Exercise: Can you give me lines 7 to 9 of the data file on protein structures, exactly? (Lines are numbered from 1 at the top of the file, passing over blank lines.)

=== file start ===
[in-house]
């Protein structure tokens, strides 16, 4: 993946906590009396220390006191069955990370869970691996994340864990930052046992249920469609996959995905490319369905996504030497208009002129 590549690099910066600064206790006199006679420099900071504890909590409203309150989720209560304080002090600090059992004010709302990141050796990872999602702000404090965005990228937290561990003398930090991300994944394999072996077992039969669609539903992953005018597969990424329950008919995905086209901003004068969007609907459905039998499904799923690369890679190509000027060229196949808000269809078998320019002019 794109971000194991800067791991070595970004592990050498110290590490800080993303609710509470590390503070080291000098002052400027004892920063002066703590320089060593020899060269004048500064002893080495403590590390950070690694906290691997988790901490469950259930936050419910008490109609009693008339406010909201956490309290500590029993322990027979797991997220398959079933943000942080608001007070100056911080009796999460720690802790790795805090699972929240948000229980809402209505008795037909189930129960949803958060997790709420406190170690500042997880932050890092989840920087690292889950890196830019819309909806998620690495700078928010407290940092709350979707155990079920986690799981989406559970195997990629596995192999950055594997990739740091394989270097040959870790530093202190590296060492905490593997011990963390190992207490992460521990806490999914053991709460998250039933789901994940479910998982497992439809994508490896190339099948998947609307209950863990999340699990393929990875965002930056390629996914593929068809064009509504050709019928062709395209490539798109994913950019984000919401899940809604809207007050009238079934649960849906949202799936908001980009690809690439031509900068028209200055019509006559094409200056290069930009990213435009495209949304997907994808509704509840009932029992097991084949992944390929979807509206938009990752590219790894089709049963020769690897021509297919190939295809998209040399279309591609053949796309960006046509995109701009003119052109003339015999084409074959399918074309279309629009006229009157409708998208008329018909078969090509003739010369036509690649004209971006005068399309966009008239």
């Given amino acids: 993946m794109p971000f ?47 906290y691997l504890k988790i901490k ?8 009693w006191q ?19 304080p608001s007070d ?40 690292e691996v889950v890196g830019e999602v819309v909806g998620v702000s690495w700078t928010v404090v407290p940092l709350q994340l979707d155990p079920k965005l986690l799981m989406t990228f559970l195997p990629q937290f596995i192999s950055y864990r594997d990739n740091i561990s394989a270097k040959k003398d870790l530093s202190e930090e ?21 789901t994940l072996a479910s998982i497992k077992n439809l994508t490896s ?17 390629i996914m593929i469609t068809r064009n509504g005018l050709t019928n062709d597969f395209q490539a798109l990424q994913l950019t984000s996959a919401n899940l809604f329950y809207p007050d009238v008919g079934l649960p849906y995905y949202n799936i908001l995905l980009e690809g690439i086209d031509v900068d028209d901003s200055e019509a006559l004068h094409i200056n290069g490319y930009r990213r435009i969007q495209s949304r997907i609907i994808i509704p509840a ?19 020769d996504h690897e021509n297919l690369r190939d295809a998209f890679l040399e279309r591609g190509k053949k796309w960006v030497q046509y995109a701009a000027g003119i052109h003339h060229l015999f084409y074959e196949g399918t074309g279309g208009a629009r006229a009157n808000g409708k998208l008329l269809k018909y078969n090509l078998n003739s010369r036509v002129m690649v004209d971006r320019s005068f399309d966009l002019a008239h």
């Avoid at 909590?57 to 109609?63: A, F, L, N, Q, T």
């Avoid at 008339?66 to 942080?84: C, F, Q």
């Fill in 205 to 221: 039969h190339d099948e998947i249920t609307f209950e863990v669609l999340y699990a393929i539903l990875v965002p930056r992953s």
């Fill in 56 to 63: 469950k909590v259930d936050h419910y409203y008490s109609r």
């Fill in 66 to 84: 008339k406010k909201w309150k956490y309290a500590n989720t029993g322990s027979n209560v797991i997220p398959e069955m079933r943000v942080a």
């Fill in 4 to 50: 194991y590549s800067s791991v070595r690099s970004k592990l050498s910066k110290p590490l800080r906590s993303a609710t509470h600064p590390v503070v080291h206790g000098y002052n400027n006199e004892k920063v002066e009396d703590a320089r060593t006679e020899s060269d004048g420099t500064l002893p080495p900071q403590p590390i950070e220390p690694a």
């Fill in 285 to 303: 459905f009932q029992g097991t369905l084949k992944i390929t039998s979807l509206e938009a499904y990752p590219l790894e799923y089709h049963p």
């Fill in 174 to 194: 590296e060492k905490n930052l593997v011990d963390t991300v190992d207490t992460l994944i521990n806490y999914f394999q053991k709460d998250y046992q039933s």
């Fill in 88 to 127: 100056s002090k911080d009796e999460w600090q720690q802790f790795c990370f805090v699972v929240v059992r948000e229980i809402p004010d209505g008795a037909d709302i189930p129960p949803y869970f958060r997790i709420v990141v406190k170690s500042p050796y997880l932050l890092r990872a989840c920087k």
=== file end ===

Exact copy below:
């Fill in 56 to 63: 469950k909590v259930d936050h419910y409203y008490s109609r």
């Fill in 66 to 84: 008339k406010k909201w309150k956490y309290a500590n989720t029993g322990s027979n209560v797991i997220p398959e069955m079933r943000v942080a």
């Fill in 4 to 50: 194991y590549s800067s791991v070595r690099s970004k592990l050498s910066k110290p590490l800080r906590s993303a609710t509470h600064p590390v503070v080291h206790g000098y002052n400027n006199e004892k920063v002066e009396d703590a320089r060593t006679e020899s060269d004048g420099t500064l002893p080495p900071q403590p590390i950070e220390p690694a």